OK, moving along here, the next issue is the conversion of the deck cut-out to the hatch cover itself. Teak Vinson looked at this for a long time, and in the end we decided to peal off all the balsa, all the foam, everything but the teak decking and the layer of fiberglass it was attached to, then build the rest of the hatch with divinicell coring, completely glassed over with two central mahogany reinforcement beams routed and glassed into the coring itself. The beams not only made the cover more rigid, but they also helped the whole assembly resist crowning (bowing) when all that resin soaked coring dried.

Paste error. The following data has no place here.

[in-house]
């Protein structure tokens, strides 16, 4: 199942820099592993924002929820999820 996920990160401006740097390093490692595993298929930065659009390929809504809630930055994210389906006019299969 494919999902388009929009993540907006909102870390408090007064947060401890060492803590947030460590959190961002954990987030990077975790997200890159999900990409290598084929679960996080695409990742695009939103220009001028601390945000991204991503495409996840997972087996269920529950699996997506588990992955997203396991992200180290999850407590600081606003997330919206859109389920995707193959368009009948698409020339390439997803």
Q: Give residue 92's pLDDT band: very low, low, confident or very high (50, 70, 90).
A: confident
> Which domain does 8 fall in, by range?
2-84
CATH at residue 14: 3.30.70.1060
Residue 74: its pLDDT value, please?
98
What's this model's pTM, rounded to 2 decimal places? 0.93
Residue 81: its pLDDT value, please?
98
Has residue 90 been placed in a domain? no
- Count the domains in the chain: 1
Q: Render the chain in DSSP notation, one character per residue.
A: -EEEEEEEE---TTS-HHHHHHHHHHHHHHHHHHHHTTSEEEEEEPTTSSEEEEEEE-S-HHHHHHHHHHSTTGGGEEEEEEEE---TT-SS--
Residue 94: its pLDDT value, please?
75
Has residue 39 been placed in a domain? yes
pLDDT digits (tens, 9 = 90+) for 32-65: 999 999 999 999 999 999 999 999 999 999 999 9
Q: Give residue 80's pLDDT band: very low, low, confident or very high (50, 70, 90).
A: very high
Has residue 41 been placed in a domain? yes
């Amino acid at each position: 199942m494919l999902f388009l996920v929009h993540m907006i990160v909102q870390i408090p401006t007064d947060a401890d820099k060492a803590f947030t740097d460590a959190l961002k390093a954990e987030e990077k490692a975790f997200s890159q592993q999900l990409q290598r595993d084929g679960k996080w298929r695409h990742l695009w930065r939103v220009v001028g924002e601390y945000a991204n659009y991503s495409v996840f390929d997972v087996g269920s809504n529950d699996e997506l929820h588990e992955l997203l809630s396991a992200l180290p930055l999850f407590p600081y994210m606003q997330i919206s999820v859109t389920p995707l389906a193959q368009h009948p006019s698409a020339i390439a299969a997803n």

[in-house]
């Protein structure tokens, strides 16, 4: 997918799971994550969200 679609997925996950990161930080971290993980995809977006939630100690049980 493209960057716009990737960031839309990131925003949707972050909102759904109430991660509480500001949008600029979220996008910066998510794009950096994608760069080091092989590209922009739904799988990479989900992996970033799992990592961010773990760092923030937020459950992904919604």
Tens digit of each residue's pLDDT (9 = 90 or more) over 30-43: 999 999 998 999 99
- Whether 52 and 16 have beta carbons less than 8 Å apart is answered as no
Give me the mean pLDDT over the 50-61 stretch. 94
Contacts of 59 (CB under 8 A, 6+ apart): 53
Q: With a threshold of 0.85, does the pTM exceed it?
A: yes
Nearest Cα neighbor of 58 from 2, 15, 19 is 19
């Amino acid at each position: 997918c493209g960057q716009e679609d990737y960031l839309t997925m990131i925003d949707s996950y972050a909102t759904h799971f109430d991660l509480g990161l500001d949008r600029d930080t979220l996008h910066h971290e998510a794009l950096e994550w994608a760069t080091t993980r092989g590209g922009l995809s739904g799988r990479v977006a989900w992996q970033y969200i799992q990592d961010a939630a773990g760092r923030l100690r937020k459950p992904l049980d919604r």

The result was an enormously strong component, something you could drive a loaded dump truck over without incident. In the end, it would have been easier and cheaper to simply build a new hatch cover. True, we saved the original teak decking, but spent a lot of time mating the decking and glass attached to the new materials. One other positive element was that with the old decking never being removed, the alignment of the deck boards never changed, and even the caulking was preserved.
"I'd rather be happy than dignified".